Preparing Your Child — and Yourself — for Sedation
Preparing your child for a visit to sedation depends on what works best for your child and family. Informing some children of a visit far in advance can actually increase their anxiety about the visit. Brief, factual information the morning of, or the day before the visit may be best to help prepare them.
Other children may need more time – a few days to a week – to process information, ask questions and get help working through coping strategies.
Tips to help prepare your child
- Use simple words your child will understand.
- Encourage your child to discuss feelings and ask questions about the upcoming experience, but be careful not to force a discussion if your child does not seem ready.
- Be honest. If you do not know the answer to your child's question, tell your child that you do not know, but that you will find out.
- Be aware that your visit may take a minimum of three to four hours. It is helpful to bring items to distract, entertain or comfort your child before and after sedation.
Tips to help prepare yourself
- Remain calm an take care of yourself. You will be able to provide better support for your child if you are rested and comfortable. The sedation process will be discussed during your entire visit, so there should be no surprises.
- Bring a spouse, a friend or a family member with you, but try to leave younger children at home and keep your party small to decrease stimulation in your room. A second person will be very helpful during your journey home when your child is still groggy.
Tools to help prepare your child for his hospital visit
Kids Health Galaxy
Our Kids Health Galaxy provides engaging and educational stories to help prepare your child for a visit to the Hospital. You'll find helpful information, including:
- People you will meet at the Hospital
- Tests and procedures, including getting an IV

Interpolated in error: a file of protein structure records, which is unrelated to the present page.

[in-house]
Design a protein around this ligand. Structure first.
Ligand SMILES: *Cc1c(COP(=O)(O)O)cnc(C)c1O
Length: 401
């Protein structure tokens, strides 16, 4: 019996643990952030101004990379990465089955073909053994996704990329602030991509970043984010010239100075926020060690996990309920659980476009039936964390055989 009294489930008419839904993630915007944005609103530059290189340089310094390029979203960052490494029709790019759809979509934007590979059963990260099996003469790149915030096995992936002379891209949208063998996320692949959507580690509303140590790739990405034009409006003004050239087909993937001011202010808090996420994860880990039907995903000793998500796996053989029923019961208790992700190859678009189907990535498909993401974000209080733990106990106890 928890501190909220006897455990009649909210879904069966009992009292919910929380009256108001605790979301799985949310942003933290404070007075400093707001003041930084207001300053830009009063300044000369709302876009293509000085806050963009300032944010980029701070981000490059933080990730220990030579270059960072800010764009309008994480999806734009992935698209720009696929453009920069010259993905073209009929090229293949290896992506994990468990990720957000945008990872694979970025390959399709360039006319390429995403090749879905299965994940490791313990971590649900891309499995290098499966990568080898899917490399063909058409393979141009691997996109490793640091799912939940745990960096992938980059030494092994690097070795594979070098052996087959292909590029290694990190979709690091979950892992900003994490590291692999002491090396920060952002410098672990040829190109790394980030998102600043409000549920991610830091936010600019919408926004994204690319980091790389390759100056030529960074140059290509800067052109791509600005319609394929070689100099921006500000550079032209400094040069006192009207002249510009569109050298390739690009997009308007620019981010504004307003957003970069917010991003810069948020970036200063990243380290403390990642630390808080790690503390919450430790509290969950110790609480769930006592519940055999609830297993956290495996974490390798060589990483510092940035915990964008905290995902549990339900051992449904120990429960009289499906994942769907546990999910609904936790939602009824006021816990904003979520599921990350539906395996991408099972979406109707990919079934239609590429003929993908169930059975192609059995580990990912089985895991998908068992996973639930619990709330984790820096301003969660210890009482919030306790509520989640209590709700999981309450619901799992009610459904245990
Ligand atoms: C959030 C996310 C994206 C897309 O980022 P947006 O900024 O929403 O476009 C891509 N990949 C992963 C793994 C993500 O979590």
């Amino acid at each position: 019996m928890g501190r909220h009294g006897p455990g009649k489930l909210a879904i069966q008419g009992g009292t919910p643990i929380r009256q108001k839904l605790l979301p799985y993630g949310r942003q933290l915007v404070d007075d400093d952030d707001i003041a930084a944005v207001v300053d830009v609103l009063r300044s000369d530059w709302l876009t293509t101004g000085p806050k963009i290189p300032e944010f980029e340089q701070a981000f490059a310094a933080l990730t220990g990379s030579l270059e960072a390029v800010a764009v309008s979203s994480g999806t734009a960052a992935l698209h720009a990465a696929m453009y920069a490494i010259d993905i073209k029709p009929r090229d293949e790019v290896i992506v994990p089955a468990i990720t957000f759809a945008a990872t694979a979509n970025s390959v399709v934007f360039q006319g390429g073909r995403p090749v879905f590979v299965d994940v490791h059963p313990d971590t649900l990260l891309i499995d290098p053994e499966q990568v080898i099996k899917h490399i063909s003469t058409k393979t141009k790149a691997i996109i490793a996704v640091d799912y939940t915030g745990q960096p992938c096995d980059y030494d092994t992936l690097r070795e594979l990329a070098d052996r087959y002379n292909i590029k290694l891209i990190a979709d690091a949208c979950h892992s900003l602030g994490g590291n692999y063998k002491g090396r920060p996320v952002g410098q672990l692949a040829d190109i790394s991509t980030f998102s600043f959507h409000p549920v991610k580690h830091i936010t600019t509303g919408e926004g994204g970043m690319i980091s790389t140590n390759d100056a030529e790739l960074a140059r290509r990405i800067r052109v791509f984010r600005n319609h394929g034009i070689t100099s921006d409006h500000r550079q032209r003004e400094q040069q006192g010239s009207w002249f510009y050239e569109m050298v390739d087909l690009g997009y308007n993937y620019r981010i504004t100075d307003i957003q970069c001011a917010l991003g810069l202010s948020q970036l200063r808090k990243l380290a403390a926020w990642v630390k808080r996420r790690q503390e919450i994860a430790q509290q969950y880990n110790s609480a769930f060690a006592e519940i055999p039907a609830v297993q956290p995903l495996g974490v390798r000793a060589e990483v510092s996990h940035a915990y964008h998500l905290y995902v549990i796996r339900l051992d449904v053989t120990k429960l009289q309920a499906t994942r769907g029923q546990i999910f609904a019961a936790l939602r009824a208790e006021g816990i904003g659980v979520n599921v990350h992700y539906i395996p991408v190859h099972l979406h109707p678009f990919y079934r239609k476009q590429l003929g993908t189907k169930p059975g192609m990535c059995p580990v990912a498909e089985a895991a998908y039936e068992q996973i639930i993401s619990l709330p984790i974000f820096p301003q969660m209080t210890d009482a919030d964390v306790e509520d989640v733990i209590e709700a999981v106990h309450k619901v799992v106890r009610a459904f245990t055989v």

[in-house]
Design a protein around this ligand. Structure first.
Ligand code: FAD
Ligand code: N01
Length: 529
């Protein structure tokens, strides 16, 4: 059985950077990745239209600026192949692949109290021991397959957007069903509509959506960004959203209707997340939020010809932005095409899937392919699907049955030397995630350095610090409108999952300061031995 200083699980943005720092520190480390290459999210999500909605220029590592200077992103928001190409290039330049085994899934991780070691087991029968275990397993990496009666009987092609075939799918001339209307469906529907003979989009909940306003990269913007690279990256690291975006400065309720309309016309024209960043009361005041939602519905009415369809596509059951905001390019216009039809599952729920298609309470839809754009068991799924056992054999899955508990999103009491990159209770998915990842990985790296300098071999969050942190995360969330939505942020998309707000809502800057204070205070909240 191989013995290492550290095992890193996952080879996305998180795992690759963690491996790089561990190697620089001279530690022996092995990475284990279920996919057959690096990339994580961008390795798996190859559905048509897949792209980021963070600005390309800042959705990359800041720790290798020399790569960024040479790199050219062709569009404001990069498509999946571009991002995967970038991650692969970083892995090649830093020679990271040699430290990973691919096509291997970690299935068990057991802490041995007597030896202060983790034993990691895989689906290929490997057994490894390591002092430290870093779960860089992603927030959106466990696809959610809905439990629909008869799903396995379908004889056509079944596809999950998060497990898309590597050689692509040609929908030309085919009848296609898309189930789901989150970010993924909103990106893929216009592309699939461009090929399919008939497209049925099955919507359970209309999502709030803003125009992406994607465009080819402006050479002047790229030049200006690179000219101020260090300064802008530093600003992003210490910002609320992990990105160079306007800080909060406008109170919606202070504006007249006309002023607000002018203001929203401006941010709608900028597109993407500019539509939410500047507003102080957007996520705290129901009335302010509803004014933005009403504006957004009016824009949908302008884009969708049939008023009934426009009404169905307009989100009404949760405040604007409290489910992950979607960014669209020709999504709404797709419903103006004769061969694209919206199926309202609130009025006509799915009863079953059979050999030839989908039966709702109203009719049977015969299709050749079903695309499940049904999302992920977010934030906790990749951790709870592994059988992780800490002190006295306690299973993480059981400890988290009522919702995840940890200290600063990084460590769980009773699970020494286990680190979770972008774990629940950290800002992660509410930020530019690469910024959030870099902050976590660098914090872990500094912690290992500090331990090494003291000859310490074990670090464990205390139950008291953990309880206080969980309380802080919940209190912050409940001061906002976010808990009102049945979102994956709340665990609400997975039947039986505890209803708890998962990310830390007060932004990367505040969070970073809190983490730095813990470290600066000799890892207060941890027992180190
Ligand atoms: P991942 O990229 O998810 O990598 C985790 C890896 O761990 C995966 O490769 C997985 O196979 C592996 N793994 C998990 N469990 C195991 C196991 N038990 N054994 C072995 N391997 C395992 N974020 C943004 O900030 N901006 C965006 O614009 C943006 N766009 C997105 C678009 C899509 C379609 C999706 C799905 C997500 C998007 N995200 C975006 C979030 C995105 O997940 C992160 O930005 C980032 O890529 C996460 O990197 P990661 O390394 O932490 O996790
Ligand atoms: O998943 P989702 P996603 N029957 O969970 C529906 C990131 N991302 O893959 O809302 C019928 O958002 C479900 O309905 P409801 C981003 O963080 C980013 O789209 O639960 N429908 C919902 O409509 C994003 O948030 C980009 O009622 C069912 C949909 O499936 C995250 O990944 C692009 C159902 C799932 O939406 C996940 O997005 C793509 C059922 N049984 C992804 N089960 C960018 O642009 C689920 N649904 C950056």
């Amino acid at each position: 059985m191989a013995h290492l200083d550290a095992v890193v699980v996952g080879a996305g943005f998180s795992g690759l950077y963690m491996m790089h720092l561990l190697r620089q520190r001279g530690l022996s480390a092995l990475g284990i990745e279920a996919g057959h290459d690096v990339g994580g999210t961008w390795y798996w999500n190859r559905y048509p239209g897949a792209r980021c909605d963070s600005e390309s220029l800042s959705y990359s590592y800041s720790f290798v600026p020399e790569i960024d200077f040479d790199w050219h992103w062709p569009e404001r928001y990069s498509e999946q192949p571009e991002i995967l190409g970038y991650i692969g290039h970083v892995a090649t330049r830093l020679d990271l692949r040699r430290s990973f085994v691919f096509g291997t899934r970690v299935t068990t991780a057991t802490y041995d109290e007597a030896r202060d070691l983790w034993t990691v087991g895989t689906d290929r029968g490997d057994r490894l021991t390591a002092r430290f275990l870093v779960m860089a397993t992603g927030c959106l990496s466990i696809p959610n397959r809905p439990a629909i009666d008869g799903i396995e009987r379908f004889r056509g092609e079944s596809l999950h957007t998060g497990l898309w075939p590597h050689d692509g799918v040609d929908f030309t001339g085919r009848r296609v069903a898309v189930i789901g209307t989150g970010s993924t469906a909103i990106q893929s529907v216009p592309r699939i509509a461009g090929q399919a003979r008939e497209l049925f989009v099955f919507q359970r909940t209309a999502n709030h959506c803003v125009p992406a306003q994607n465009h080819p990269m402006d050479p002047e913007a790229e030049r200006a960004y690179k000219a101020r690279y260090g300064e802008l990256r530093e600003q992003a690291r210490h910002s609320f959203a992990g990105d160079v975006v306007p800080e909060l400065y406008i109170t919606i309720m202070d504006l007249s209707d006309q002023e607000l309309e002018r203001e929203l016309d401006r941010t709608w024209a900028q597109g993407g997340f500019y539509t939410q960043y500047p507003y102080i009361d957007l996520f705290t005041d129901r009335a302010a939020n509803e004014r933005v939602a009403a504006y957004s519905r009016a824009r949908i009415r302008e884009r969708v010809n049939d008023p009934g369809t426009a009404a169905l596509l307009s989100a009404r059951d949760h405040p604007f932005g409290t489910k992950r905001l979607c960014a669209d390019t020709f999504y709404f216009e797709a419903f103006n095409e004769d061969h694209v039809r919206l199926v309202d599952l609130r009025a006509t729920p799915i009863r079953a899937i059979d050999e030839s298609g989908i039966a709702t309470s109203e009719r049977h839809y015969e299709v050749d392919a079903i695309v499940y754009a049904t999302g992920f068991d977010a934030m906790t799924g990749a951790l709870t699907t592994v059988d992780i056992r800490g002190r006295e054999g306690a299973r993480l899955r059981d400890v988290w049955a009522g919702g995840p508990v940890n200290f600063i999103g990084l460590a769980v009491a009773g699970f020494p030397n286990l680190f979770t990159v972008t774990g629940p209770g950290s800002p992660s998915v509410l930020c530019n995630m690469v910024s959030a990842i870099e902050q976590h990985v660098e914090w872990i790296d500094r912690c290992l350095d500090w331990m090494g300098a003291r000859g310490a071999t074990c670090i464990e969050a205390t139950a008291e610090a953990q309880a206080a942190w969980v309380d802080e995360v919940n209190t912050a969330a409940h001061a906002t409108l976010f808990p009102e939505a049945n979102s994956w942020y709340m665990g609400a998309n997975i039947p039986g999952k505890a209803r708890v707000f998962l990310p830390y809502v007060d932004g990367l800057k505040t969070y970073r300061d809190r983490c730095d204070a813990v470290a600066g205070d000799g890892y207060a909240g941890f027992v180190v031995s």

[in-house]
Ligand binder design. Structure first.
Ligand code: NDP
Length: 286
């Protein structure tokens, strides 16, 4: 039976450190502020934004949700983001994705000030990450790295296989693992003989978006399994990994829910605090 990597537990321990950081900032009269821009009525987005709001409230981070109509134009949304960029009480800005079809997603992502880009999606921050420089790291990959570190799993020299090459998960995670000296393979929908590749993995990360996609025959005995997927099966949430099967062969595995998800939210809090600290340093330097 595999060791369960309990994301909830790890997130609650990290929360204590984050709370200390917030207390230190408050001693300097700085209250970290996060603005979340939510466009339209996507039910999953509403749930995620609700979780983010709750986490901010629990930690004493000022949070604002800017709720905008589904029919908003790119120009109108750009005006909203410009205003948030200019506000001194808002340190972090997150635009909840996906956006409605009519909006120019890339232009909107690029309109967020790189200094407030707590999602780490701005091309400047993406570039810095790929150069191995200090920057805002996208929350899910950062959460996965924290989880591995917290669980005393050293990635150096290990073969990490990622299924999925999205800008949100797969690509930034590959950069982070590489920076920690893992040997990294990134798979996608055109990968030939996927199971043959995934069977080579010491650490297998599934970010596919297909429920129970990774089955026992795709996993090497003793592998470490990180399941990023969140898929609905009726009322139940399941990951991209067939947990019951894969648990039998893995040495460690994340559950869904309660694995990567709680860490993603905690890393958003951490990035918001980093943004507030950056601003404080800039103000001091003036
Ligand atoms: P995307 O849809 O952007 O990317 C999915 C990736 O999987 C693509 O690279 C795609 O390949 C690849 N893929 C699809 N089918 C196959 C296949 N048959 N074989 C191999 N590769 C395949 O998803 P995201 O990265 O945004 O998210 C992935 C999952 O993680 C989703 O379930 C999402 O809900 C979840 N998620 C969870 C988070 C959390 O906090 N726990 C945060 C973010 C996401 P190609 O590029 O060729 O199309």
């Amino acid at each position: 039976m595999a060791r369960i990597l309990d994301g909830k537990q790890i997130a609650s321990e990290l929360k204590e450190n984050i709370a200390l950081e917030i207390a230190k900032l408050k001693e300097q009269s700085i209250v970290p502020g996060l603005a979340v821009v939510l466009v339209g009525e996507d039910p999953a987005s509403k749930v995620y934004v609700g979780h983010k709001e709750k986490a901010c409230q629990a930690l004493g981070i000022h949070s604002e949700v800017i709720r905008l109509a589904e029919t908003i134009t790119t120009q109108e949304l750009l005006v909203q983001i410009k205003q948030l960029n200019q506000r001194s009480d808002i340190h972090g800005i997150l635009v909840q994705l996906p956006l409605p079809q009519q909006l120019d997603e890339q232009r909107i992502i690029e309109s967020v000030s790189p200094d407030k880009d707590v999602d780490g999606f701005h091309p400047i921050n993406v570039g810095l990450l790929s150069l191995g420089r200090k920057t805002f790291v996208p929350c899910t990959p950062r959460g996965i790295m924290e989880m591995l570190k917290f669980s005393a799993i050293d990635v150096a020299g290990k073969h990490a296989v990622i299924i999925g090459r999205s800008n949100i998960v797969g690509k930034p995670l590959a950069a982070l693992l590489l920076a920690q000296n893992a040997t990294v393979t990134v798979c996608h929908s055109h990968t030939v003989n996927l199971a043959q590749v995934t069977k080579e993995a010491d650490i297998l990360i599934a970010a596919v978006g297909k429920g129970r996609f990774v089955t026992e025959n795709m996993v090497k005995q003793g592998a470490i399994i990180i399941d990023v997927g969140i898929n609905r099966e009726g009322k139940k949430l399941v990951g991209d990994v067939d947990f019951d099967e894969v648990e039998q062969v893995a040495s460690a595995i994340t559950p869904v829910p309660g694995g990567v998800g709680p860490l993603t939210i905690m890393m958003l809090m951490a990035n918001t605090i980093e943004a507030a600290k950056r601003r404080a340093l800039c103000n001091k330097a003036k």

- A look around the Hospital
Child Life Specialists: Coping strategies
You and your child may meet a Child Life Specialist during your visit to the Sedation Unit. Child Life Specialists are professionals from CHOP’s Child Life, Education, and Creative Arts Therapy who are trained to speak with children about what to expect in the hospital and offer age-appropriate coping strategies.
Coping during healthcare procedures
Child Life, Education, and Creative Art Therapy at CHOP offers common coping strategies you can use to prepare your child for a test or procedure.
What to bring to your visit
To make this visit as easy as possible for you and your child, please bring anything you think will be comforting or entertaining during expected wait times. In addition, please remember to bring any communication systems your child may have. Our staff also wants to know of any ways we can support you and your child, so please tell us about your child’s likes and dislikes, concerns and needs.
Some suggestions that have worked for other patients and families:
- Favorite book
- Favorite toy
- Favorite “snuggly” item (blanket, binky/pacifier, doll and stuffed animal)
- Favorite cup (if your child has a preferred cup)
- Communication device, if your child uses one (PECS book, iPad, Dynavox, iTouch)
- Activities to keep your child busy independently (word finds, Sudoku, Nintendo DS, iPod/music, and coloring books)
- Sensory objects that are soothing for your child like (squishy balls, teething/biting toys, and sound minimizing headphones)
- A drink for after the procedure is complete if your child has specific preferences